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Breaking the Silence on Racial Injustice Is the First Step. The Next Is Disclosing Workforce Demographics.

The times we’re in are heavy. The national response to the police killing of George Floyd continues to grow, protests against police brutality and systemic racism are being held in cities across the globe, and demands for justice are emerging from all corners of society. City budgets, law enforcement practices, and national legislation are all shifting in this moment as the nation is reckoning with its deep-rooted history of racism.

Many corporations have responded by standing in solidarity with the Black Lives Matter movement – as well as explicitly supporting their Black employees – for the first time, with statements of support and commitments to change coming from board rooms, CEOs, and company leadership. But breaking the silence on racial injustice is just a first step, and while we’re encouraged by the initial moves companies are making to respond to the moment, corporate leaders must also acknowledge that serious work needs to be done to undo the hundreds of years of systemic injustice in this county.

As part of that, it is critical that companies also take this moment to examine the state of diversity and inclusion in their own workplaces, address inequities, and disclose results of both to provide a benchmark against which progress can be measured.

So what do the companies that are speaking up on racial equity disclose when it comes to the diversity of their workforces? To answer this question, we analyzed the 300 largest publicly traded U.S. employers to better understand how the private sector is taking stock of their diversity today.

Of the 300 companies we analyzed in our COVID-19 Corporate Response Tracker, 199 companies (about 66%) have made a statement in support of their Black employees and the Black Lives Matter movement, ranging from posts on corporate social media accounts to letters from boards of directors, and commitments to change from CEOs.

GM’s Mary Barra, for example, announced the commissioning of task forces and advisory boards as part of the company’s efforts to advocate for racial justice, while Intel included the creation of a global inclusion index in partnership with other companies in its 2030 corporate responsibility strategy and goals. Google and PepsiCo have both set clear targets to increase leadership representation of underrepresented groups by 30% by 2025.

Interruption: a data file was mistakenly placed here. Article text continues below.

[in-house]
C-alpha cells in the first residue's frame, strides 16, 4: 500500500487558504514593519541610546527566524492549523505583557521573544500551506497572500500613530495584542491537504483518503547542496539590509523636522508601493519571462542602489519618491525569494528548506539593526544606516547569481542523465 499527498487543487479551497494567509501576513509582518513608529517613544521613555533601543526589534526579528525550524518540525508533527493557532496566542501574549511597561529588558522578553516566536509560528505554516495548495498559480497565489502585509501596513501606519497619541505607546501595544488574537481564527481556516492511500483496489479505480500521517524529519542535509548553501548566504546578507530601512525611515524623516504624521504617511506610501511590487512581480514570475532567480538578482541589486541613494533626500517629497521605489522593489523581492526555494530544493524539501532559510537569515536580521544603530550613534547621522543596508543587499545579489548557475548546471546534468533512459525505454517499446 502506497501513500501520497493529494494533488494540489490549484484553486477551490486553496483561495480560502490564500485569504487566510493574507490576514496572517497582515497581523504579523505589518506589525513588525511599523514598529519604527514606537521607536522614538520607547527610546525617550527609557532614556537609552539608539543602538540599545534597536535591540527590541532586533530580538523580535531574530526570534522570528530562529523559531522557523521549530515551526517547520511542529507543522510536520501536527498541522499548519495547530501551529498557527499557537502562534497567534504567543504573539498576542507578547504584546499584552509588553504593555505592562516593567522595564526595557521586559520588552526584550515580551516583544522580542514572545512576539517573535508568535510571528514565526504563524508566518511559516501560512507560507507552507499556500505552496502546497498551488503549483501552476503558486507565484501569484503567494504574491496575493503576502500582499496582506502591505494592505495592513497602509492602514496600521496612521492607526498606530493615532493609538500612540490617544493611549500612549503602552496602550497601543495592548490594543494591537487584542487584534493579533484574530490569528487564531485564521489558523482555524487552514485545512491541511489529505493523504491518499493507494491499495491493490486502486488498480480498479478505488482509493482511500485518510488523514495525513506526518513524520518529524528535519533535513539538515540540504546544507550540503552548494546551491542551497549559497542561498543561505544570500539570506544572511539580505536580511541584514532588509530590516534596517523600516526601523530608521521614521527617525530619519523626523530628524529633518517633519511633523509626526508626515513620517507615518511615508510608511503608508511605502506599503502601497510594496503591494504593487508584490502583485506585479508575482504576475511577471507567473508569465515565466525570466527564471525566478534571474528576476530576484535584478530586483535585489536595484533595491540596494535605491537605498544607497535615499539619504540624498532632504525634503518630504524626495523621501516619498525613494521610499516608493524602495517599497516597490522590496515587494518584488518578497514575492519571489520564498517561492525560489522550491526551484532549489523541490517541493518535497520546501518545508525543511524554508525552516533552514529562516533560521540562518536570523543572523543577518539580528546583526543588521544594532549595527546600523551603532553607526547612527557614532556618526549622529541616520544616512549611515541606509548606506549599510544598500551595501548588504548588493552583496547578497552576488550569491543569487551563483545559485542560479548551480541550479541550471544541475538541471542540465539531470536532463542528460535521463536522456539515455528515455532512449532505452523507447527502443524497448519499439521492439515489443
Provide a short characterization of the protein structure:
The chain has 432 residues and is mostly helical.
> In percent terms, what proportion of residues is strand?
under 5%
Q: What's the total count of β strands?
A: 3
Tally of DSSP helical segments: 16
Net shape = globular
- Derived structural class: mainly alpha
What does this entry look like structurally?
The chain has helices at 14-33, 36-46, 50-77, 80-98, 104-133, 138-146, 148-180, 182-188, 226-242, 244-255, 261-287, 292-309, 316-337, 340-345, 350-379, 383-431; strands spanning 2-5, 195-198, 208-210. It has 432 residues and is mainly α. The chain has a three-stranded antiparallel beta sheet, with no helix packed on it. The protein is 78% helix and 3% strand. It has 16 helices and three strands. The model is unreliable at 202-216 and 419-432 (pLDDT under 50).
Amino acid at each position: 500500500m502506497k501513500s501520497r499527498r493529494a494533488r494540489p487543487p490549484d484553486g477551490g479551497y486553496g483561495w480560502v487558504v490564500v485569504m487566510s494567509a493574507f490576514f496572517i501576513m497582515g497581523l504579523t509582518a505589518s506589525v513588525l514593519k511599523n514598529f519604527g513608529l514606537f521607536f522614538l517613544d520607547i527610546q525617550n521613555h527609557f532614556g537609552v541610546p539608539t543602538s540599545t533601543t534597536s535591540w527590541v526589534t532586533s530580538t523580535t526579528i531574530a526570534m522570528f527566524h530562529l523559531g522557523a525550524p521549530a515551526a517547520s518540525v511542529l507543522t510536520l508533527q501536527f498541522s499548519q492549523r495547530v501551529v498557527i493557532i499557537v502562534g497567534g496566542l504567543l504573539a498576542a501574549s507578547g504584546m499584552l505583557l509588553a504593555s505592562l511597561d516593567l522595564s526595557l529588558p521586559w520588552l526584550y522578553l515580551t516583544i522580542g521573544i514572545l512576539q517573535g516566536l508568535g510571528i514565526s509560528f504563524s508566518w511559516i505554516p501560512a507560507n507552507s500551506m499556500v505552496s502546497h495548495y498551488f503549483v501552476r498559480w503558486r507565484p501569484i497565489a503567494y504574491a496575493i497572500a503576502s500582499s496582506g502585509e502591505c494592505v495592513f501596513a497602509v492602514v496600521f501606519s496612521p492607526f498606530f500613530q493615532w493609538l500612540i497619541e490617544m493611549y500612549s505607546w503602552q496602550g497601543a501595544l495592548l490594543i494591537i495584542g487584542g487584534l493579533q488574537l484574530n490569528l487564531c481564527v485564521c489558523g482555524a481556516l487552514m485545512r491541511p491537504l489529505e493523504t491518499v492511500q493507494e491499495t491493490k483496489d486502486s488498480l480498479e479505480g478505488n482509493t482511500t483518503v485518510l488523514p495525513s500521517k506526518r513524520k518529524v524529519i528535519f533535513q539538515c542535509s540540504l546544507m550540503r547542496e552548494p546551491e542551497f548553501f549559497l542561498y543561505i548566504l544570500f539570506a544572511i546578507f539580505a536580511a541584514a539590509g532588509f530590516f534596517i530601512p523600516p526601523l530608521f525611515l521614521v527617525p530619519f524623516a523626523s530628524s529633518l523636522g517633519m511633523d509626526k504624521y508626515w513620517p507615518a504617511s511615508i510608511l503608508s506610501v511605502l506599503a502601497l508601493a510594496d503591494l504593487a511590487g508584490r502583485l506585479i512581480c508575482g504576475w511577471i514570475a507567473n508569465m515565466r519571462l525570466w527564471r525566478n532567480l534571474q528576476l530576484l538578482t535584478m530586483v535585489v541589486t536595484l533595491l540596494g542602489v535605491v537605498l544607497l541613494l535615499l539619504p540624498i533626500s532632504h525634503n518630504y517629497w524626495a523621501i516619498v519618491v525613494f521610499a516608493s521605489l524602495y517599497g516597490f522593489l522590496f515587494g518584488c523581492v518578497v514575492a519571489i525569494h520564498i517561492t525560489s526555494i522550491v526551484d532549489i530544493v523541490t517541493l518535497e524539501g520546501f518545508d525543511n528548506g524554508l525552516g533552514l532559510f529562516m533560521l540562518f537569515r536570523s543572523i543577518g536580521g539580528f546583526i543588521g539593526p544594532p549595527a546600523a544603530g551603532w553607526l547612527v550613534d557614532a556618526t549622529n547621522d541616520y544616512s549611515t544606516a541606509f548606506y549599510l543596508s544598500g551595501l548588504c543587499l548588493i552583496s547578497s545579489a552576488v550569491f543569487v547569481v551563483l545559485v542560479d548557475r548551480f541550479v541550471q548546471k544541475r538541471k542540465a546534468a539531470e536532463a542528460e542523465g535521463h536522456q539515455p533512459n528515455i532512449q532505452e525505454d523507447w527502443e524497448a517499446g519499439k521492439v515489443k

Despite the diversity of statements and concrete actions announced by those 199 companies, only 106 (53%) have disclosed some information related to the racial and ethnic composition of their workforces.* Roughly 24% of the companies that have released statements disclose general information about minority versus non-minority identifying employees, while 21% of companies have disclosed a more detailed racial and ethnic breakdown, including information about which employees identify as Asian, Black, or Latinx. Just 9% have disclosed information that would be typically found in an EEO-1 Survey – the gold standard for demographic disclosure – which features the number of employees by gender, race, and ethnicity by standardized occupational category. However, nearly half of the companies we track (47%) have yet to disclose any information about the racial and ethnic identity of their workforces leaving us to ask whether their actions will live up to their words.

As more companies join the movement to support Black lives in the United States, they should also expand their disclosure on a variety of diversity, equity, and inclusion (DEI) topics, starting with their demographic data. There is considerable work to be done to address the long and pernicious history of injustices against Black Americans across all facets of our economy and society. But increased corporate disclosure represents a critical first step companies can take toward addressing inequities in the workplace and acknowledging their role in perpetuating them.

Over the next few weeks, JUST Capital will continue to unpack analysis on demographic data, as well as DEI initiatives, at the 300 largest publicly traded companies to showcase best practices and highlight what companies should consider as they continue to improve their own initiatives.

*Note: The data in this piece was last updated on June 28, 2020.

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